Me, a “Designer”
What dimensions of design light my fire? What is the shape of design to me? What do I car about? What is the higher calling for design? Where do my concerns intersect with the role that design can play?
In the brief life that I have already lived as a designer, I have noticed that designers (at least the ones I surround myself with) love to talk in high level. The way designers tackle problems is to take a big step out of it, look around, observe the surroundings, and then take a deep dive back into the problem from another vantage point.
From my observations, across the board, this is generally the method of thinking that the best designers use. But, we (us designers) know all to well that each designer thinks differently, designs differently, and believes in very different ways of designing. So what truly is design?
And of course… Designing
One quote to define design that has stuck with me is “Design is Beautiful Solutions” (José Luis Antúnez, philosopher and psychologist). One reason I love this quote is that it was not created by a traditionally trained designer. I believe sometimes it takes an outsider perspective to create more accurate observations, generalizations, and distinctions. Not only is it the shortest definition that I have come across, but it is also the clearest. In a way all designers do what they do because to an extent they are visual thinkers and appreciate beautiful objects, stories, and solutions. Designers solve as well as create.
To me, design is not only beautiful solutions, but a way of merging parts of our brain to interact and view the world in a different way. Specifically, good design merges, in my opinion the two most important part of design, empathy and curiosity, with interaction (visual, tactile, etc.) and reaction, as a result of the creation of tactile and non tactile experiences.
Words that describe my design ethos…
The more the designer knows about who or what he or she is designing for (empathy), the better that design will accomplish its goal. And in order to reach a successful solution, the designer had to be curious enough to ask the right questions and find out the information necessary to take the next steps in his or her process. Now for me this can be very challenging as I am curious about almost everything in this world.
As a result when I am asked about what I want to design, or think about what I should design next, I often do not have a simple answer. Currently I am deeply involved in redesigning how high school students interact with their teachers, other students, and develop their projects. What drives me in this space is that I personally suffered from the outdated, slow, unmotivating, and often unnecessary aspects of “modern” education before I came to college. Despite the countless articles, studies, and experiments conducted on changing the classroom workflow and student learning styles, this system is extremely resistant to change often adopting the “it’s been working fine so why should we change” approach. We all know too well what happens if we adopt that kind of thinking to our everyday lives and our relationships. Education needs a shock, some type of push out of its complacency. It will take years and many minds before we see widespread reform.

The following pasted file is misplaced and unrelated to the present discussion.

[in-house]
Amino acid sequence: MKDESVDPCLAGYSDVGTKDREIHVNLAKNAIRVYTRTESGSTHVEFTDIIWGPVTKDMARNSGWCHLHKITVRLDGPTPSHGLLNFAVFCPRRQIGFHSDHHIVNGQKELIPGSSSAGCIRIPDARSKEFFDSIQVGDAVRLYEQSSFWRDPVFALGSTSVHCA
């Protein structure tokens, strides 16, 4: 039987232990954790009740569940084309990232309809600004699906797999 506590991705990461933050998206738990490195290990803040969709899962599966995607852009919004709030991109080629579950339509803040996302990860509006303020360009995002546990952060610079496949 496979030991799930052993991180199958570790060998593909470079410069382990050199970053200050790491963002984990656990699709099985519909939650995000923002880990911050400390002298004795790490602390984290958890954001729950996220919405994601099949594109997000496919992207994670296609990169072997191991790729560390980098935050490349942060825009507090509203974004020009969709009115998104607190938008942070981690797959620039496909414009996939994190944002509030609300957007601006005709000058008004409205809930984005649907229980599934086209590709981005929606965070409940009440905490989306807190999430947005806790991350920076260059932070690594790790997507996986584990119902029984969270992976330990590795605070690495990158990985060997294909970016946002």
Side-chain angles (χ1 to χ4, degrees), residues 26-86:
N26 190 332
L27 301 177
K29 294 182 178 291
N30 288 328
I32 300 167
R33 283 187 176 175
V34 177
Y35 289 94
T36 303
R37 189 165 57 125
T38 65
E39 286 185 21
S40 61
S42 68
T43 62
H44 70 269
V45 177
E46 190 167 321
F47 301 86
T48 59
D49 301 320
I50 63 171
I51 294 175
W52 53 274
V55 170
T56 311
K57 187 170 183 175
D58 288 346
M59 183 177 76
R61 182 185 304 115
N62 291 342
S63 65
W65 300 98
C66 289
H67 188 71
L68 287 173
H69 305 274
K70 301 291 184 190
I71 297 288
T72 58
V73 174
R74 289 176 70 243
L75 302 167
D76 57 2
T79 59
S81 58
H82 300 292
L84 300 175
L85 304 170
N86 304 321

Design is vast and vague. Everyone is a designer, yet only some people are designers. Everything is designed, yet not everything has been designed. Many good designers spend their lives making their world and the world of others simpler. They strive to find a balance between simplicity, beauty, and clarity. What sets a designer apart from another human is that when we look at something that is designed well to communicate a message or invoke a reaction simply, we can see past all that and understand what really went behind the creation of this “simple” and clear solution. The same goes for speaking. Public speakers who seem to give effortless and inspiring talks can do so because they know so much about their topic (often years of knowledge and development). It’s easy to see why the best designs can often go unnoticed by the common eye and mind.
“One might say, that the path to simplicity is quite complex”